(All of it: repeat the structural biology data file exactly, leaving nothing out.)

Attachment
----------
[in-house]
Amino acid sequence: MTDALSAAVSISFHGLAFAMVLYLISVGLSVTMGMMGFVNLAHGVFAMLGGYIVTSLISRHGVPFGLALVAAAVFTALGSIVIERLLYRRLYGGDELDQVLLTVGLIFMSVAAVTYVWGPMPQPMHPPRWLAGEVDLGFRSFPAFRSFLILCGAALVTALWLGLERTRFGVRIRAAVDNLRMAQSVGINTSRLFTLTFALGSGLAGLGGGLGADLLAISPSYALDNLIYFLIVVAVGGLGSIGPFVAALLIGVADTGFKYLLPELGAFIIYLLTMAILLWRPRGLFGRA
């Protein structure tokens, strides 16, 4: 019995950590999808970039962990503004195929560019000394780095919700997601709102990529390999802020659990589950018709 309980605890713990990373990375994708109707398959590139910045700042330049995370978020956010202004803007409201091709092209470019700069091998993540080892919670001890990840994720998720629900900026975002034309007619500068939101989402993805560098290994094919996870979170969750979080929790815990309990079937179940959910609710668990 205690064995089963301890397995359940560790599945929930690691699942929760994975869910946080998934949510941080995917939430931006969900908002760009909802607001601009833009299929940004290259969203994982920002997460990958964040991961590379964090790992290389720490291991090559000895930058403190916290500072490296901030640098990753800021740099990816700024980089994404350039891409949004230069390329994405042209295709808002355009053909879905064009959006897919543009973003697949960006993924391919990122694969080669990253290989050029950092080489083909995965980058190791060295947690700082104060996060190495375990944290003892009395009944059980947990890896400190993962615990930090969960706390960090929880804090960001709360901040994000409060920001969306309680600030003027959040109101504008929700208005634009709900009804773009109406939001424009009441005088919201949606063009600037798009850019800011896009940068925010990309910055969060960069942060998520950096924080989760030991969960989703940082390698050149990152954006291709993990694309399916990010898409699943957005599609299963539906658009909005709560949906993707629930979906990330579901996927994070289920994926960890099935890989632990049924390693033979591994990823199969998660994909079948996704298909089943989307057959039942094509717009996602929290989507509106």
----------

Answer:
[in-house]
Amino acid sequence: MTDALSAAVSISFHGLAFAMVLYLISVGLSVTMGMMGFVNLAHGVFAMLGGYIVTSLISRHGVPFGLALVAAAVFTALGSIVIERLLYRRLYGGDELDQVLLTVGLIFMSVAAVTYVWGPMPQPMHPPRWLAGEVDLGFRSFPAFRSFLILCGAALVTALWLGLERTRFGVRIRAAVDNLRMAQSVGINTSRLFTLTFALGSGLAGLGGGLGADLLAISPSYALDNLIYFLIVVAVGGLGSIGPFVAALLIGVADTGFKYLLPELGAFIIYLLTMAILLWRPRGLFGRA
């Protein structure tokens, strides 16, 4: 019995950590999808970039962990503004195929560019000394780095919700997601709102990529390999802020659990589950018709 309980605890713990990373990375994708109707398959590139910045700042330049995370978020956010202004803007409201091709092209470019700069091998993540080892919670001890990840994720998720629900900026975002034309007619500068939101989402993805560098290994094919996870979170969750979080929790815990309990079937179940959910609710668990 205690064995089963301890397995359940560790599945929930690691699942929760994975869910946080998934949510941080995917939430931006969900908002760009909802607001601009833009299929940004290259969203994982920002997460990958964040991961590379964090790992290389720490291991090559000895930058403190916290500072490296901030640098990753800021740099990816700024980089994404350039891409949004230069390329994405042209295709808002355009053909879905064009959006897919543009973003697949960006993924391919990122694969080669990253290989050029950092080489083909995965980058190791060295947690700082104060996060190495375990944290003892009395009944059980947990890896400190993962615990930090969960706390960090929880804090960001709360901040994000409060920001969306309680600030003027959040109101504008929700208005634009709900009804773009109406939001424009009441005088919201949606063009600037798009850019800011896009940068925010990309910055969060960069942060998520950096924080989760030991969960989703940082390698050149990152954006291709993990694309399916990010898409699943957005599609299963539906658009909005709560949906993707629930979906990330579901996927994070289920994926960890099935890989632990049924390693033979591994990823199969998660994909079948996704298909089943989307057959039942094509717009996602929290989507509106």